Recently, the U.S. Senate released all 12 spending bills for fiscal year 2021. The Labor, Health, and Human Services budget report includes at least 13 sections related to pain management!
This represents a huge step forward in the national commitment to improving pain care in the U.S.
In particular, the Senate has renewed its commitment to investment in pain by continuing to fund the HEAL Initiative at the National Institute of Health for $500 million, with half the funds going to pain research and half to substance use disorder research.
On Sept. 24, the Alliance to Advance Comprehensive Integrative Pain Management (AACIPM) hosted a virtual symposium, “Equity in Access to Comprehensive Integrative Pain Management in Chronic Pain,” in partnership with the U.S. Pain Foundation. Throughout the day, patients, providers, policymakers, and payors shared information and ideas to help bridge the gap between quality pain care and underserved communities.
Created by the U.S. Pain Foundation, MyPainPlan.org is an interactive site that allows users to learn about pain management options and create a personalized list of which treatments they’d like to try. The list can then be saved and/or printed for personal use or to share with a health care provider.
“As pain patients ourselves, we know it can be difficult to find credible information about treatment options all in one place,” says Nicole Hemmenway, CEO of U.S. Pain. “We created this site so that patients feel more empowered about the therapies available for relief. We also wanted to draw attention to the fact that the most effective pain care is individualized, multidisciplinary, and combines various treatment options.”
Your advocacy has made an impact.
Congress has directed the Department of Health and Human Services to disseminate the Pain Management Best Practices Report to providers and create a public awareness campaign about pain via the House Labor, Health and Human Services, and Education Committee Report accompanying the FY 2021 Budget Bill!
The report includes language we requested in our official appropriations submissions. (The language, with key sections underlined, is below.) Also included is our request to collect and report data on the prevalence of pain and various pain syndromes annually.
Last month, the U.S. Pain Foundation rallied a total of 761 pain warriors nationwide to urge Congress to allocate funding for the Pain Management Best Practices Interagency Task Force report, a federal blueprint for improving pain care. Cindy Steinberg, National Director of Advocacy and Policy, served on the task force that developed the report.
Through U.S. Pain’s action campaign, 738 individuals sent 2,452 emails to Congress, and 71 individuals made 167 calls. Meanwhile, the hashtag #aplanforpain was tweeted out roughly 1,000 times across social media platforms. People from across 49 states and D.C. participated (if you live in South Dakota, or know someone who does, please join the campaign!).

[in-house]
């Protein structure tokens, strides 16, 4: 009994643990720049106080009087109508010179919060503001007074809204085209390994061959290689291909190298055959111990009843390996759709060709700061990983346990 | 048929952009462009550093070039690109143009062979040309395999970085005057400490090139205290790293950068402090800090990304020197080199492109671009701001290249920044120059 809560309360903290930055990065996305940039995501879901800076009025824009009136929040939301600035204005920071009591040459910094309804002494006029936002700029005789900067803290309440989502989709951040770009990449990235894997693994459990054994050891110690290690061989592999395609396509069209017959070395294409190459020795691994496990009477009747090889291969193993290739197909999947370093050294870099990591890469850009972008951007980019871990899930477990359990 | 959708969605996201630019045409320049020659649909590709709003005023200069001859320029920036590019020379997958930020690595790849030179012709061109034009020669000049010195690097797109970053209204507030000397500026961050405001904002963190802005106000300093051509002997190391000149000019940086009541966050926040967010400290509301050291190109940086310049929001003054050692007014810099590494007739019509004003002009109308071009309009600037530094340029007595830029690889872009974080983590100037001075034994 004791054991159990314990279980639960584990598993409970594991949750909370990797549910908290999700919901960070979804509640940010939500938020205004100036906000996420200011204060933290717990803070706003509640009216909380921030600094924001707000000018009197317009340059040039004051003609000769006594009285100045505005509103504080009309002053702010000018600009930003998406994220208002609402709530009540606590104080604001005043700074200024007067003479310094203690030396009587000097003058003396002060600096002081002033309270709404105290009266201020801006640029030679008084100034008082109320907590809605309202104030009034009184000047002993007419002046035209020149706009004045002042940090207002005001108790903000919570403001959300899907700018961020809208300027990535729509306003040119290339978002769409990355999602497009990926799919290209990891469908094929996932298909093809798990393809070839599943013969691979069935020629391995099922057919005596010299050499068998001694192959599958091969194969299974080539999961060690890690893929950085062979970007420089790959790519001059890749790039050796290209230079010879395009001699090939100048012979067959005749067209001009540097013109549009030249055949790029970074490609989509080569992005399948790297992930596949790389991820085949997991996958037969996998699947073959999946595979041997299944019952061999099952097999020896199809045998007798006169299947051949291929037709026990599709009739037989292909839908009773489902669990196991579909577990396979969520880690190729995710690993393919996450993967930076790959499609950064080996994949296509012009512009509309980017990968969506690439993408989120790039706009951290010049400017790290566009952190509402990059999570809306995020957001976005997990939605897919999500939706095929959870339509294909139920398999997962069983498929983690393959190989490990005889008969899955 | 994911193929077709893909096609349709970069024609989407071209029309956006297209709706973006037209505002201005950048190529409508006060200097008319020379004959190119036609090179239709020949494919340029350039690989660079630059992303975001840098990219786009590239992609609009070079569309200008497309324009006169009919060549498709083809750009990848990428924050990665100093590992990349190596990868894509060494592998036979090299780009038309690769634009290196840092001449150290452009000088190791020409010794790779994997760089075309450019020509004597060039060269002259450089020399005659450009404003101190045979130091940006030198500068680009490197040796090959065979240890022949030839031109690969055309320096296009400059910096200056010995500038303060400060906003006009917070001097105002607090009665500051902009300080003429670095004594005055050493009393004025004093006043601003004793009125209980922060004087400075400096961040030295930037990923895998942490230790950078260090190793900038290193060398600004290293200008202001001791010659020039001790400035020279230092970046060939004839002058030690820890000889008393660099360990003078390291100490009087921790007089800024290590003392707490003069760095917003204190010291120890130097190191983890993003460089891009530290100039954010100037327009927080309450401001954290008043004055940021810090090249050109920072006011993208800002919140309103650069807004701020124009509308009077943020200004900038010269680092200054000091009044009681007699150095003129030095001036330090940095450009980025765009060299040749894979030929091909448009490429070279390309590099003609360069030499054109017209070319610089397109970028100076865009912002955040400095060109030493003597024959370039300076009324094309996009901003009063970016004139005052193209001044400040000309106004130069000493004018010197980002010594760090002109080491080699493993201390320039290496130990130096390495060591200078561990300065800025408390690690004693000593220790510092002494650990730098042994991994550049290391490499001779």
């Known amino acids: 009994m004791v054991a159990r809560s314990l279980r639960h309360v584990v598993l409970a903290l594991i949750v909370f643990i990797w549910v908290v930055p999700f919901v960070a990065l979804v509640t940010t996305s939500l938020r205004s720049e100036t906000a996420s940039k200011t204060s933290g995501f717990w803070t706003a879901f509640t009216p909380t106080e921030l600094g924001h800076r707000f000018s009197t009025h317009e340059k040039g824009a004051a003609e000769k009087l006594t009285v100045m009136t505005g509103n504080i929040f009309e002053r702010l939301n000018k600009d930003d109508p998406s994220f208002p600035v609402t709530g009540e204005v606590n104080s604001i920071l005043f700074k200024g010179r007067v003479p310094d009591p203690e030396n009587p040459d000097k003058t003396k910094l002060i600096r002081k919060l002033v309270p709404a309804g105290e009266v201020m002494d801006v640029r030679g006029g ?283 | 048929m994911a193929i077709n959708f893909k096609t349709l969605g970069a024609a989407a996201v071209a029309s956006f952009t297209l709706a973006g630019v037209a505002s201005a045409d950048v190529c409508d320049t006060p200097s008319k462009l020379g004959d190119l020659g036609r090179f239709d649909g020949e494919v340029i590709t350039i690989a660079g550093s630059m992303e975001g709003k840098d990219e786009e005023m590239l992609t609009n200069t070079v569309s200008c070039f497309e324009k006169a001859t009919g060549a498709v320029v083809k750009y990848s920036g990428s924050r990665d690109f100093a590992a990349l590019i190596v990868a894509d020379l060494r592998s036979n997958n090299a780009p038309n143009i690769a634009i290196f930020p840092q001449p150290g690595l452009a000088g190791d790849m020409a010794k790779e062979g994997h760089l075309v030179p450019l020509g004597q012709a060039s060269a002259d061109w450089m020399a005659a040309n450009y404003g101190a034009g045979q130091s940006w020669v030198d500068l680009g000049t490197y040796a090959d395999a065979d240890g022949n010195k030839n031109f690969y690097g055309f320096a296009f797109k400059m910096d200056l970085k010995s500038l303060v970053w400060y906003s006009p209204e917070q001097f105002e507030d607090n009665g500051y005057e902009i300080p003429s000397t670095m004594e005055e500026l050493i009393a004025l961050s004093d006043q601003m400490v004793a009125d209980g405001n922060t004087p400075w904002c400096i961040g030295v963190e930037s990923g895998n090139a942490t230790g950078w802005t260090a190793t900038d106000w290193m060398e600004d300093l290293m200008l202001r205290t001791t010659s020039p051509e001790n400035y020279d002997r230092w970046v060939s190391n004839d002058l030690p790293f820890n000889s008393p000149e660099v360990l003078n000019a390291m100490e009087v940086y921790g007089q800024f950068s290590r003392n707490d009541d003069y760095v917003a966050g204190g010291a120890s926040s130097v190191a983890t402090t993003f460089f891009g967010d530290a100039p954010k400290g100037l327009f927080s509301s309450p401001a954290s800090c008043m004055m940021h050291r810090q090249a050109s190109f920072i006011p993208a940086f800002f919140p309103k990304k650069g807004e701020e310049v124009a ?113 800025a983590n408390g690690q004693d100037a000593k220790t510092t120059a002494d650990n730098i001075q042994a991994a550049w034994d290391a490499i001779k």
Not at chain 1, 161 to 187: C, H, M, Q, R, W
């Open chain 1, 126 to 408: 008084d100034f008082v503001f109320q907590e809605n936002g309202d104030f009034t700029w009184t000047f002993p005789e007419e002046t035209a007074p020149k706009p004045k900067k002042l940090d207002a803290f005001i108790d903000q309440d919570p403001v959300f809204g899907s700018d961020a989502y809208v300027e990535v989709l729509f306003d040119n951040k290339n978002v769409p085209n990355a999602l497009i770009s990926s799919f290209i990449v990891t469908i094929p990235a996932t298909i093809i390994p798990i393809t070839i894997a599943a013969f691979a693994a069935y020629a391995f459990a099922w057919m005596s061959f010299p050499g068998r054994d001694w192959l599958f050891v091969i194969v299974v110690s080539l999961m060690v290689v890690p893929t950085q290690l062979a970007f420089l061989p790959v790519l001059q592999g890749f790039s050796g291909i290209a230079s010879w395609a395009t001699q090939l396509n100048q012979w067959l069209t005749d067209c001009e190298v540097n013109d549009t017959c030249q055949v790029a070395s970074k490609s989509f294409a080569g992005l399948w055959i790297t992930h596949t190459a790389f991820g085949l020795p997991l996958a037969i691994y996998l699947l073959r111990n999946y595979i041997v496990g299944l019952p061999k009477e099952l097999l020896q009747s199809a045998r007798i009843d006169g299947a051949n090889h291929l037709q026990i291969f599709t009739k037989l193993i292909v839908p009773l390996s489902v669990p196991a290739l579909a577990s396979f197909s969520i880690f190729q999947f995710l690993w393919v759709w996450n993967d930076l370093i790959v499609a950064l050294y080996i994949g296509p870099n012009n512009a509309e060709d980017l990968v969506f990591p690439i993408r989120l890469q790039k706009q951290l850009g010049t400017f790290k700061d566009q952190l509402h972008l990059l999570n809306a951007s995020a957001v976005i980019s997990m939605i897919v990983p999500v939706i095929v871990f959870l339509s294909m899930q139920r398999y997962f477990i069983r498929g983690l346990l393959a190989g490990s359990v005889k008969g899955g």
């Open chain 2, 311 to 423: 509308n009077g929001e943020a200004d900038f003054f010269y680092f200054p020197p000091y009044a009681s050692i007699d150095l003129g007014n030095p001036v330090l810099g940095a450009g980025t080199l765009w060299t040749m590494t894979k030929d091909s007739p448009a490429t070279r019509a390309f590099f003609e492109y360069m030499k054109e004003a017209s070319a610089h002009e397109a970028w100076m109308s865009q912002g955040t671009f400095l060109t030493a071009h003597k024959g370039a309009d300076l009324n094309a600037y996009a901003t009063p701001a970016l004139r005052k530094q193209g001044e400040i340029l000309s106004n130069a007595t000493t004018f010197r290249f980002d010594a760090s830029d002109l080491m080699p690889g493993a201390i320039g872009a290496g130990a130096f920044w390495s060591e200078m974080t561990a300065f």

Pain Connection continues its interactive series, “Building Your Toolbox,” this Tuesday, July 7 at 7:30 pm ET. The meeting will focus on acupressure with Lisa Marie Price. In private practice in Chinese Medicine for 25 years, Lisa Marie Price is a national board-certified acupuncturist (NCCAOM) and received her master’s degree in Acupuncture at the Traditional Acupuncture Institute. For eight years, Price served as faculty and Dean of Students at the Tai Sophia Institute for the Healing Arts, but now devotes herself full-time to her patients. As a founding member of U.S. Pain’s National Coalition for Chronic Pain Providers and Professionals, Price advocates both locally and nationally for improved services and treatment options for chronic pain patients.
Approximately 5,400 individuals and organizations responded to the Centers for Disease Control and Prevention (CDC)’s call for public comment on acute and chronic pain management and whether the CDC should update and expand its 2016 Guideline for Prescribing Opioids for Chronic Pain. Cindy Steinberg, National Director of Policy and Advocacy, submitted a five-page comment on behalf of the U.S. Pain Foundation, which you can read here.
While most in-person conferences and meetings have been canceled or postponed as a result of the pandemic, U.S. Pain Foundation staff were able to participate in three important virtual events recently.
On June 16, Gwenn Herman, LCSW, DCSW, Clinical Director of Pain Connection, joined a videoconference meeting of the Interagency Pain Research Coordinating Committee (IPRCC), the highest-ranking permanent pain policy committee in the United States. The IPRCC heard from representatives across various federal agencies and programs.
Thank you. You created the groundswell we needed to start getting Congress to pay attention to the “Pain Management Best Practices” report.
During our Virtual Advocacy campaign, 595 pain warriors sent 1,944 emails to Congress. 60 pain warriors made 144 calls to Congress. And #aplanforpain was tweeted out at least 500 times, reaching thousands of people, including federal legislators.
We’re dedicating today, June 11, to flooding policymakers with our request that they allocate funding for key recommendations in the “Pain Management Best Practices” report–a roadmap for improving pain care nationwide.
At U.S. Pain Foundation, we believe this report has the power to revolutionize pain care in the United States. But nothing will change for pain warriors unless Congress hears from YOU. Taking action is fast, fun, and incredibly important to improving the lives of the 50 million Americans with chronic pain.